I truly don't understand why this works like this.


using namespace std;
class Figura{
int x;
int y;
virtual void pomak(int dx=10,int dy=1)


class Skakac:public Figura{
void pomak(int dx=2,int dy=-1)


int main()
    Skakac S;
    Figura* x=&S;
    cout<<x->x<<" "<<x->y<<endl;
    cout<<S.x<<" "<<S.y<<endl;


When i call function pomak() it couts dx as 10, although it calls second function pomak(not the virtual one) and i clearly stated that dx = 2.

  • Changing default values in overriden virtual functions... please no :( – Borgleader May 30 '16 at 19:08
  • 1
    Can't you come up with a better title? One starts to think it's about the this ptr. – user2672165 May 30 '16 at 19:10

According to the standard (N4140):

8.3.6 Default arguments
10 A virtual function call (10.3) uses the default arguments in the declaration of the virtual function determined by the static type of the pointer or reference denoting the object. An overriding function in a derived class does not acquire default arguments from the function it overrides. [ Example:

struct A {
    virtual void f(int a = 7);
struct B : public A {
    void f(int a);
void m() {
    B* pb = new B;
    A* pa = pb;
    pa->f(); // OK, calls pa->B::f(7)
    pb->f(); // error: wrong number of arguments for B::f()

—end example ]

  • How can i fix it? I want to have default values in both virtual and overriding functions – rusherzy thaman May 30 '16 at 19:14
  • Not sure if it is a good idea, but you can make a virtual function getDefaults(int&dx. int&dy) and override it as needed. – AlexD May 30 '16 at 19:16
  • What do you mean by that? Can you put in code for me – rusherzy thaman May 30 '16 at 19:21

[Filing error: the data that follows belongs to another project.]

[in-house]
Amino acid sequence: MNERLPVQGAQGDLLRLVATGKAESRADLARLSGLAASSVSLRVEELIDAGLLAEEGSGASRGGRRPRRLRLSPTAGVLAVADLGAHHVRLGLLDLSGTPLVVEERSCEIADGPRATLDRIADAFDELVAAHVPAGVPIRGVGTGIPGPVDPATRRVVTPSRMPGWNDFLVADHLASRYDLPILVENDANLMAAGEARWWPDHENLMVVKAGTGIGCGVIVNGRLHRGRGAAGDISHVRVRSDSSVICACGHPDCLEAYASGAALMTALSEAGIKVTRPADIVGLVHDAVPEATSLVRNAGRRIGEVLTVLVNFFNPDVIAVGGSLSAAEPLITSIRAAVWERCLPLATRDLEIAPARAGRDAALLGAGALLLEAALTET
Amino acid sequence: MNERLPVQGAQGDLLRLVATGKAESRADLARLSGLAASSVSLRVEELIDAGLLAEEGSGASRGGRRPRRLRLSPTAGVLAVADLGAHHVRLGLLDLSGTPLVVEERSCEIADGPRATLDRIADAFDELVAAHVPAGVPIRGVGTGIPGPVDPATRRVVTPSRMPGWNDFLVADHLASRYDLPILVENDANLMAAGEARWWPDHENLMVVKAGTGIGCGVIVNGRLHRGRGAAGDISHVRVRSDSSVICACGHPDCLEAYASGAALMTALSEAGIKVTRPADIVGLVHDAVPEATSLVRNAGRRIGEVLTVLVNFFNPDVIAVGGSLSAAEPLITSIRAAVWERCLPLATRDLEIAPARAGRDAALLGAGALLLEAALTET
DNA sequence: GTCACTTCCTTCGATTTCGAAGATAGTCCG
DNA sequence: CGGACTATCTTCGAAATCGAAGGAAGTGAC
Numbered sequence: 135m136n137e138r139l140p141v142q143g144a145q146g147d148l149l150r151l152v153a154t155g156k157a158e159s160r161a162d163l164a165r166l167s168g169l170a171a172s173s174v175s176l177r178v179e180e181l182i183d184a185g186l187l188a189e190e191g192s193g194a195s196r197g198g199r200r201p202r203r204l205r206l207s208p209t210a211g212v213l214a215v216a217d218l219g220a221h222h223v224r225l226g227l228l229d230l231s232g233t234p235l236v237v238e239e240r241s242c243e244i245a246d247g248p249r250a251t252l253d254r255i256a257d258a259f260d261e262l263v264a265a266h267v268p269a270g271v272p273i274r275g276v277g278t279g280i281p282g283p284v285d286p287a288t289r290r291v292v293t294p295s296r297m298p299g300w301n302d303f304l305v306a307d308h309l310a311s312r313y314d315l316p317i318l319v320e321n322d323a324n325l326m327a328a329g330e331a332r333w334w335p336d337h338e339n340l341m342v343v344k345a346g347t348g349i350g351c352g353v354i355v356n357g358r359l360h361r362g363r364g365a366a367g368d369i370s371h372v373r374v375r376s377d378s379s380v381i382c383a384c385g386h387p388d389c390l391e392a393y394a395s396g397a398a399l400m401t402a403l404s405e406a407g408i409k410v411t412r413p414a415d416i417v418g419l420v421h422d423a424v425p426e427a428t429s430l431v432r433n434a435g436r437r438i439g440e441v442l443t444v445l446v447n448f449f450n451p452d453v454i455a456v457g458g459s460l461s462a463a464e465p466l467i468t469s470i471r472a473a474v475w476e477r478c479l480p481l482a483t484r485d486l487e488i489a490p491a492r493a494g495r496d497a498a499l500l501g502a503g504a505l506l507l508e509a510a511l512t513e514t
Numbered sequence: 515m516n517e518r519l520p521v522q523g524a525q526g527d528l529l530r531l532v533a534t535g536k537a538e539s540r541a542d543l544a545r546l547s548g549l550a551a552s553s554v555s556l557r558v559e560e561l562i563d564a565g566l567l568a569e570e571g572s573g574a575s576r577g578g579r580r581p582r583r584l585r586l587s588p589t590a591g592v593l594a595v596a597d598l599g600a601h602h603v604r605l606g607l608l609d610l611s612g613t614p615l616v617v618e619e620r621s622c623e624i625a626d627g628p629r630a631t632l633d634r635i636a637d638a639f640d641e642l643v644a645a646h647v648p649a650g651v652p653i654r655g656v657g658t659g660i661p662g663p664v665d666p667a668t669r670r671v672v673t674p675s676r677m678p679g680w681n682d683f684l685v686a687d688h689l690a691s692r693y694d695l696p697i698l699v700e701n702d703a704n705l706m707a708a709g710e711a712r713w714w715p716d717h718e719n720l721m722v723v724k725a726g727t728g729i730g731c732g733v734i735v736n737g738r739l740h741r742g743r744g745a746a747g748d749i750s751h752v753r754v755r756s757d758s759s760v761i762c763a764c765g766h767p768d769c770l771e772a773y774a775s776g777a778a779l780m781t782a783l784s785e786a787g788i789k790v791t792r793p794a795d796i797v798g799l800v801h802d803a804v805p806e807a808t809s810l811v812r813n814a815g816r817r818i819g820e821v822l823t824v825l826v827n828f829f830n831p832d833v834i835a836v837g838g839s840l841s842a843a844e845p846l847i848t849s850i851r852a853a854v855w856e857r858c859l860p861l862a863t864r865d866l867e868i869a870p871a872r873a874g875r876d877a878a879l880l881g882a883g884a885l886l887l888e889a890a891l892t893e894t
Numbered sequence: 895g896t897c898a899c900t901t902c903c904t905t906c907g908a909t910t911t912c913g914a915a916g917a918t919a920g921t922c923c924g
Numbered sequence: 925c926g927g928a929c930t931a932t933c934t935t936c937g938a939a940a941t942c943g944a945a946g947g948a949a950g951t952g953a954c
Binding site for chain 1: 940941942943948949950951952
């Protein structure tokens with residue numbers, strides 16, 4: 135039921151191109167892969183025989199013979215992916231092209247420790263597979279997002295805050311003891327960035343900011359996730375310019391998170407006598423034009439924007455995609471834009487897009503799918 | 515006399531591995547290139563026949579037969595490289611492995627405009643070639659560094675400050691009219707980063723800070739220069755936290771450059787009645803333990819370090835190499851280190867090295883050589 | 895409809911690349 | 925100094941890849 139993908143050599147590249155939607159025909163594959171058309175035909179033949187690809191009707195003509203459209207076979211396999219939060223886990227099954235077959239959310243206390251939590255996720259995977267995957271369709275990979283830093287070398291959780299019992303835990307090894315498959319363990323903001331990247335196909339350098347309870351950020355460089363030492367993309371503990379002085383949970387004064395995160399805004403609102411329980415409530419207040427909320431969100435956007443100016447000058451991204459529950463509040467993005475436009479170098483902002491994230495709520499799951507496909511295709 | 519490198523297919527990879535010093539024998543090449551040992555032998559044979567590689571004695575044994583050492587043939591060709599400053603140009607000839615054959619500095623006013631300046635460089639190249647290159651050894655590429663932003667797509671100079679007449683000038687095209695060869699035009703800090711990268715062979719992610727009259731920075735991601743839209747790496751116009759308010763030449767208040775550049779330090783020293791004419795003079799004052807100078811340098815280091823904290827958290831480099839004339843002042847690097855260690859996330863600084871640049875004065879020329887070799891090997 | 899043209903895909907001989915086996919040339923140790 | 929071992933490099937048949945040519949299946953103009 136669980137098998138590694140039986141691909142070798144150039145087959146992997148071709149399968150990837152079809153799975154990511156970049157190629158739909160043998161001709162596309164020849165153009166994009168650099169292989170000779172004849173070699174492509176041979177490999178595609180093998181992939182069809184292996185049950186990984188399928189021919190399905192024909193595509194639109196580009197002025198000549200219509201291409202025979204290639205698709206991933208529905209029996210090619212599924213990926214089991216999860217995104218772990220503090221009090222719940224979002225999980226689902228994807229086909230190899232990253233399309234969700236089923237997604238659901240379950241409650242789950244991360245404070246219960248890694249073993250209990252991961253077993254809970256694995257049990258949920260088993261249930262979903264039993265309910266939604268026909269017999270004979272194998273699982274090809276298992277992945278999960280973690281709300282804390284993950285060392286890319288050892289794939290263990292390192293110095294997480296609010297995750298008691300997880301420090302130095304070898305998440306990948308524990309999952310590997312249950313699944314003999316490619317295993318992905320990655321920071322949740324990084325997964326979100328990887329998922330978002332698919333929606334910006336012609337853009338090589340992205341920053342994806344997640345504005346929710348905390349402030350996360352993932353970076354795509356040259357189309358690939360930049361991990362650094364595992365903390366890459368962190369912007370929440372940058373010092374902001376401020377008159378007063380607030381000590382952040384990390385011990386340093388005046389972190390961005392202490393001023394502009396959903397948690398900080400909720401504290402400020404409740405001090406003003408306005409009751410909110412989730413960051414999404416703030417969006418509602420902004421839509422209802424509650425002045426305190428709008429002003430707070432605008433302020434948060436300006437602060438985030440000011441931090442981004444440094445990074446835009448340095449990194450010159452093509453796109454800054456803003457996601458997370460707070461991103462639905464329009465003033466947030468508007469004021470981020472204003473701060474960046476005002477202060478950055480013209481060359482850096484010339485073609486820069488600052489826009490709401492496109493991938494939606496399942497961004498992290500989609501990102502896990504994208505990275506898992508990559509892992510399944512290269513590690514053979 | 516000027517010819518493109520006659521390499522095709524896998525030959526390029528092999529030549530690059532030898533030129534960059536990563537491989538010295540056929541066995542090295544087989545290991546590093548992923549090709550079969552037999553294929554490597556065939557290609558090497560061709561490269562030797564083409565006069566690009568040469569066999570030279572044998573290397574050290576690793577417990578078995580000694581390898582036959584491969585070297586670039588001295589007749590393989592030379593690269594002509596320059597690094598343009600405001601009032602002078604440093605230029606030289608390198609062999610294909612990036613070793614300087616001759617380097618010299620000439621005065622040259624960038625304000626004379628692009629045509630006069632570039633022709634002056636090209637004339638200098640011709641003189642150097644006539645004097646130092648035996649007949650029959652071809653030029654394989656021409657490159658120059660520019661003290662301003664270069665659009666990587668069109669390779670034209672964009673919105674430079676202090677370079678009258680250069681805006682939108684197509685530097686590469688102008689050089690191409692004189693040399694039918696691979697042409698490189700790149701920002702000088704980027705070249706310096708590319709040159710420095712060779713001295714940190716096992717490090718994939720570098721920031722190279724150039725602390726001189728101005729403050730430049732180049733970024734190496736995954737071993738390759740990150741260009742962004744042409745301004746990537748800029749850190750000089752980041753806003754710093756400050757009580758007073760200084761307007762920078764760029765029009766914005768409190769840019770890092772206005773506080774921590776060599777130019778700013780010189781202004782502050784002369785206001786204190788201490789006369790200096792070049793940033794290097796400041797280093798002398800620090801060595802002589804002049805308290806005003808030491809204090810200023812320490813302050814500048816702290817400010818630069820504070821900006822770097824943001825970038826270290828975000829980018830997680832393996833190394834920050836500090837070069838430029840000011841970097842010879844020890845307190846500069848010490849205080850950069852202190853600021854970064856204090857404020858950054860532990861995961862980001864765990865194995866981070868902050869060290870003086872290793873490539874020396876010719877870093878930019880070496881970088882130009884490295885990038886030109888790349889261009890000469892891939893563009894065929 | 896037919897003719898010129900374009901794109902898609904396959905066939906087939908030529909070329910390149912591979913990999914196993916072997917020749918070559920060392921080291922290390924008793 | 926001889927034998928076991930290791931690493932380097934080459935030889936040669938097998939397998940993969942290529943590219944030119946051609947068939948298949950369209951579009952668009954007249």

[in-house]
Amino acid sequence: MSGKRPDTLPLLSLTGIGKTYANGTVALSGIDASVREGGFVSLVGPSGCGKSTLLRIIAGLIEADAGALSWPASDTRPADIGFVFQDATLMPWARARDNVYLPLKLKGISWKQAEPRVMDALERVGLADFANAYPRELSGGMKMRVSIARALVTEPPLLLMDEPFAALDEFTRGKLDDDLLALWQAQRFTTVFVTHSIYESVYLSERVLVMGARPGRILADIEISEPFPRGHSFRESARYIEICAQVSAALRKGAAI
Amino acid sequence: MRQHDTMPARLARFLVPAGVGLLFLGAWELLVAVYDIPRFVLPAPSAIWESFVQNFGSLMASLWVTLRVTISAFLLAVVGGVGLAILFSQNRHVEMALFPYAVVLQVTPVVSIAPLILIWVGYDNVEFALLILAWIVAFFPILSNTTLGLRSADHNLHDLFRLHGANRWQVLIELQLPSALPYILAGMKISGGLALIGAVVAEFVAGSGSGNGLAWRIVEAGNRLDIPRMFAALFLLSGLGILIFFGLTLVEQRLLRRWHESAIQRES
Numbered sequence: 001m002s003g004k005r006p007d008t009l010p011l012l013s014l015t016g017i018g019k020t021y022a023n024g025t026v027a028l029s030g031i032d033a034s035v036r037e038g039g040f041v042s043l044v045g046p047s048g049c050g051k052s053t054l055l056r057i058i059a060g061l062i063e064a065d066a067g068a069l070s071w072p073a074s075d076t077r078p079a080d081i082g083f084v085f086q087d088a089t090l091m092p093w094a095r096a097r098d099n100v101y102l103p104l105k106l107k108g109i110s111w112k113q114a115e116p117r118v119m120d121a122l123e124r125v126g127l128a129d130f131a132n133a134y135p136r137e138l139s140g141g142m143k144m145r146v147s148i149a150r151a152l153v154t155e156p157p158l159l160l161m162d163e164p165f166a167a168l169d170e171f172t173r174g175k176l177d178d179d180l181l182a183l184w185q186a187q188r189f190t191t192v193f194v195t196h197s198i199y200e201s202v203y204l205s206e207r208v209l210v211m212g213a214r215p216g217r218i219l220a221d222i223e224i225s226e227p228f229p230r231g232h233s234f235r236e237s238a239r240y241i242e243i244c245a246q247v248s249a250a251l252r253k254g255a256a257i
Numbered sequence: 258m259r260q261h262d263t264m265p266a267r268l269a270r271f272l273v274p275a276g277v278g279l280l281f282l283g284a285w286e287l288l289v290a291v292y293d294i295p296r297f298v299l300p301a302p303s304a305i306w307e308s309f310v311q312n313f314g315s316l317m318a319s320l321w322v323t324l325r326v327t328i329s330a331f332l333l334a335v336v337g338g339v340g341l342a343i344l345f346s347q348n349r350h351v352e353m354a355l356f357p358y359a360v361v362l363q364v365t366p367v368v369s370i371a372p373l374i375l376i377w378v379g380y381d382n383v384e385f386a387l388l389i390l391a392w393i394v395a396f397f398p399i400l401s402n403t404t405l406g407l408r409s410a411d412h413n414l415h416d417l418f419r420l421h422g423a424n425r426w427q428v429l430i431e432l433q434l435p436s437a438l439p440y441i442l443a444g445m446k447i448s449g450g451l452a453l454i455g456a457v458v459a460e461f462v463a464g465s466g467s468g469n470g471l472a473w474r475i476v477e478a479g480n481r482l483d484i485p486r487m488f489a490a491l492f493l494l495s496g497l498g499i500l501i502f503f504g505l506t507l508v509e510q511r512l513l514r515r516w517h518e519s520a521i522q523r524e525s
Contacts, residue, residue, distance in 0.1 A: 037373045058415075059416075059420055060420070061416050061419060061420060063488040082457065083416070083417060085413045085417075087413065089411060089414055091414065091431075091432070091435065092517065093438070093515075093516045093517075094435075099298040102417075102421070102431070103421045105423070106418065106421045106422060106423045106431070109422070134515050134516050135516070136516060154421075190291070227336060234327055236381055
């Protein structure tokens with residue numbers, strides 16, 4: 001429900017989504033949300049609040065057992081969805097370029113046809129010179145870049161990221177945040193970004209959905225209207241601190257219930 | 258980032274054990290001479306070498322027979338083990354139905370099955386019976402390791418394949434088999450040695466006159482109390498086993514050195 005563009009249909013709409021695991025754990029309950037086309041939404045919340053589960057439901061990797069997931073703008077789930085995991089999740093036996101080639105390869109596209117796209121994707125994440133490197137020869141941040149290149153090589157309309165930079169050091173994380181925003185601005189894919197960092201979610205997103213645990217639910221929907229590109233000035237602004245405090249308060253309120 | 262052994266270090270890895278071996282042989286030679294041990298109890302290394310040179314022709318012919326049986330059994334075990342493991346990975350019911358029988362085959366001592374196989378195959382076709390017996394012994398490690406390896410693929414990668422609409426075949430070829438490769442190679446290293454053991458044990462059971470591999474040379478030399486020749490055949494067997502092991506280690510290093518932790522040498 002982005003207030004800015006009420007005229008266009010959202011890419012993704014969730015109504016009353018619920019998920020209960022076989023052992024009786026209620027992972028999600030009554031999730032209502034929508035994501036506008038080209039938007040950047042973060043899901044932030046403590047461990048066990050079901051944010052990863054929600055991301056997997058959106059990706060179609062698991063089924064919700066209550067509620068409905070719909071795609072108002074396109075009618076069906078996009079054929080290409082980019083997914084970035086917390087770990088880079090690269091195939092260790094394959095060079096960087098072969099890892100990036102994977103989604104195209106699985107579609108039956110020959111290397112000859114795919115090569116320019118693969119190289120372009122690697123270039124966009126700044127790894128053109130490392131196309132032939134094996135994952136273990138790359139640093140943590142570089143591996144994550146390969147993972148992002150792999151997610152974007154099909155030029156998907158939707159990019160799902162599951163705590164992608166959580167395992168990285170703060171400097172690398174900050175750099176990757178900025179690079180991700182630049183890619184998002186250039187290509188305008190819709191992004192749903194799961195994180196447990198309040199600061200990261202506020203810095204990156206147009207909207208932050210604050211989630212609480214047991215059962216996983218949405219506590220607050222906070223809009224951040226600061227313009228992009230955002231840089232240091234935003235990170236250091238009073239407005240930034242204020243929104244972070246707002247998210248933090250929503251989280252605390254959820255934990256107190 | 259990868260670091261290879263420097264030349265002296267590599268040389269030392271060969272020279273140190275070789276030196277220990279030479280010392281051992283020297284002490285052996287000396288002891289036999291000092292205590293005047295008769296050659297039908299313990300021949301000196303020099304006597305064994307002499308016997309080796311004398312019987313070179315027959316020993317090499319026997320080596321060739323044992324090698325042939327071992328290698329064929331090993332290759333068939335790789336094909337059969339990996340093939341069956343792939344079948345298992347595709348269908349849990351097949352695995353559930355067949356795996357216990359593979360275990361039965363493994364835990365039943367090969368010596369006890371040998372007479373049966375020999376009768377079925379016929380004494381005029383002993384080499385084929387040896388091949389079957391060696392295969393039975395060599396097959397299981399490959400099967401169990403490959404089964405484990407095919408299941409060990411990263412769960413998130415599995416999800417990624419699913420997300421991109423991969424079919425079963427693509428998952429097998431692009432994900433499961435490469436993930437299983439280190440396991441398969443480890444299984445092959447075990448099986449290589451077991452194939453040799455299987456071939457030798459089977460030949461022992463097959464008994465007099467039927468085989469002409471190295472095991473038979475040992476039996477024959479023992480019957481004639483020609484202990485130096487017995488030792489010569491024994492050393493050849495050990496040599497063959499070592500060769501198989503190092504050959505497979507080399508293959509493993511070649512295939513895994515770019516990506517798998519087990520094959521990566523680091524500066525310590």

• virtual void getDefaults(int&dx, int&dy) {dx=10;dy=-1;}, then call it from pomak. But I am not sure at all if it is a good idea to change defaults in this case. – AlexD May 30 '16 at 19:24
  • BTW, it you have virtual void getDefaults or follow the recommendation of @user2079303, you may not need having pomak(int,int) as virtual. (Assuming that behavior of pomak(int,int) is the same, and virtuality is used in attempt to provide different defaults.) – AlexD May 30 '16 at 19:47

The function is called through a pointer to Figura. The default value for the argument is clearly 10.

Because the function is virtual, the most derived version of the function is used, based on the dynamic type of the pointed object, which is Skakac. The default arguments of the dynamic type are not used as the standard, already quoted by AlexD, states.


it calls second function pomak(not the virtual one)

Skakac::pomak is also virtual.

How can i fix it?

If by "fix it" you mean "How can I override the default argument", then I recommend using overloading instead of default arguments:

class Figura {
    // ...
    virtual void pomak() {
        pomak(10, 1);
    virtual void pomak(int dx, int dy) {
        // ...
class Skakac: public Figura {
    // ...
    void pomak() {
        pomak(2, -1);
    void pomak(int dx, int dy) {
        // ...
  • How can i fix it? I want to have default values in both virtual and overriding functions – rusherzy thaman May 30 '16 at 19:15
  • @rusherzythaman see the edit. – eerorika May 30 '16 at 19:24
  • @user2079303 In that case, it could be quite confusing to have both pomak() and pomak(int,int) virtual... – AlexD May 30 '16 at 19:30
  • @AlexD well, pomak() must be virtual, in order to get the default values based on the dynamic type. And pomak(int,int) must be virtual because they have different behaviour. Although, if the outputs are for exposition only, then the intended behaviour would be the same and there would be no need to make it virtual. – eerorika May 30 '16 at 19:36
  • I tried this and it works. AlexD should i leave it like this? – rusherzy thaman May 30 '16 at 19:38

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